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Hobbyist star-gazer cops amazing eyeful of Jupiter's space ball

Anyone can do it with the right kit, enthuses amateur astronomer

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An amateur astronomer has captured stunning images of Jupiter's moon Ganymede.

Emmanuel Kardasis used computer kit, a "hobby" telescope, an off-the-shelf camera and his own observing skills to snap the heavenly body, and produce a rough-round-the-edges albedo map of it:

Nothing amateurish about this majestic image. Pic credit: Manos Kardasis

His impressive work will be presented at the European Planetary Science Congress (EPSC) in Madrid, Spain, tomorrow.

Kardasis, who is a member of the Hellenic Amateur Astronomy Association, explained how he was able to create the albedo map that captures areas of reflectivity on an object's surface.

“Ganymede has a tiny disk as seen from Earth so was a good test for my techniques. If the same methods were applied to other worlds, perhaps the volcanic moon Io, we could capture surface fluctuations. Professional observatories may create better images but they cannot monitor our rapidly and ever-changing universe,” the astro enthusiast said.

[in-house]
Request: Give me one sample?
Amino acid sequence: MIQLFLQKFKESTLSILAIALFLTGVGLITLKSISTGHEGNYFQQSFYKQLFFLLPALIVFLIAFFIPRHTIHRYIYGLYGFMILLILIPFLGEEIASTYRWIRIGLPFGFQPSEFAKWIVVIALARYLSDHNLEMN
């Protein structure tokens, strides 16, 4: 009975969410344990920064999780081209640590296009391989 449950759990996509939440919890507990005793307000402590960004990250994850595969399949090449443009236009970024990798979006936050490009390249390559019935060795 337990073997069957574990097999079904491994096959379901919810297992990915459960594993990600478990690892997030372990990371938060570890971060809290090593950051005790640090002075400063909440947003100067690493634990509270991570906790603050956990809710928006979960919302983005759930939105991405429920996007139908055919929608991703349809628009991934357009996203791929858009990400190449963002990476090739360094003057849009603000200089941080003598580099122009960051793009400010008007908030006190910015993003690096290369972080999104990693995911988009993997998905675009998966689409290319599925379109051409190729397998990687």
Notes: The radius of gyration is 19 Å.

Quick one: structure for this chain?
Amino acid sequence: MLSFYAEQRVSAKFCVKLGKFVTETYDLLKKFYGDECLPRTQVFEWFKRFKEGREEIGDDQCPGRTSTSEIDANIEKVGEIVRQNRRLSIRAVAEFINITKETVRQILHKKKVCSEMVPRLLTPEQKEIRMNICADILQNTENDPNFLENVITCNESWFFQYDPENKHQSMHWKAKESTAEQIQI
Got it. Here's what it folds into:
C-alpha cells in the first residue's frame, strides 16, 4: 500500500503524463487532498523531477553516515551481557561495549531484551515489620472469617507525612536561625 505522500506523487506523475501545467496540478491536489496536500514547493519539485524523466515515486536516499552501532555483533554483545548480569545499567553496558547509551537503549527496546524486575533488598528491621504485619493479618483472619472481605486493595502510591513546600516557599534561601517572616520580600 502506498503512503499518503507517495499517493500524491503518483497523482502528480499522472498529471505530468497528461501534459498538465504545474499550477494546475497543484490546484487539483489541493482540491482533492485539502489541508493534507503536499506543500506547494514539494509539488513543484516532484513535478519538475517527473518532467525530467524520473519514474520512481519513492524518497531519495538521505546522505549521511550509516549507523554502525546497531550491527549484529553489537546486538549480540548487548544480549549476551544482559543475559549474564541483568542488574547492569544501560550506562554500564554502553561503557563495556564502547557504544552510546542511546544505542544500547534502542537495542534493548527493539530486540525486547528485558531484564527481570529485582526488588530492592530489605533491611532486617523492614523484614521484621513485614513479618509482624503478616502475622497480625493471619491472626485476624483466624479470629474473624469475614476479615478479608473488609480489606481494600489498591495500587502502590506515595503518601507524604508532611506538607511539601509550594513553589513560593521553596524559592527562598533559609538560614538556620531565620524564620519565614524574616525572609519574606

His map strikingly aligns with professional images of Ganymede's surface, the EPSC declared. The photos appear to show features such as Phrygia Sulcus (furrows and ridges 3,700 km across) and the Nicholson region (a low-lying darker area), added the star-gazing boffins.

Kardasis' albedo map. Pic credit: Manos Kardasis

In order to create the images, Kardasis attached a camera to his telescope and shot a video of Ganymede. He hand-picked the sharpest frames from the vid that displayed the atmospheric conditions most favourably. He then stacked and aligned those images, before editing and enhancing them with software.

Kardasis said:

Creating useful images of planets requires a telescope with a diameter of at least eight inches. For tiny discs, such as the moons of Jupiter, bigger is definitely better. My Ganymede images were made using an 11-inch telescope. You also need a good motor drive on your tripod, a sensitive camera, some freely-available software, and lots of patience!

The hobby-scientist said he hoped his work would inspire other amateur star-gazers to use the equipment they have to hand to make useful observations of other planets in the solar system. ®

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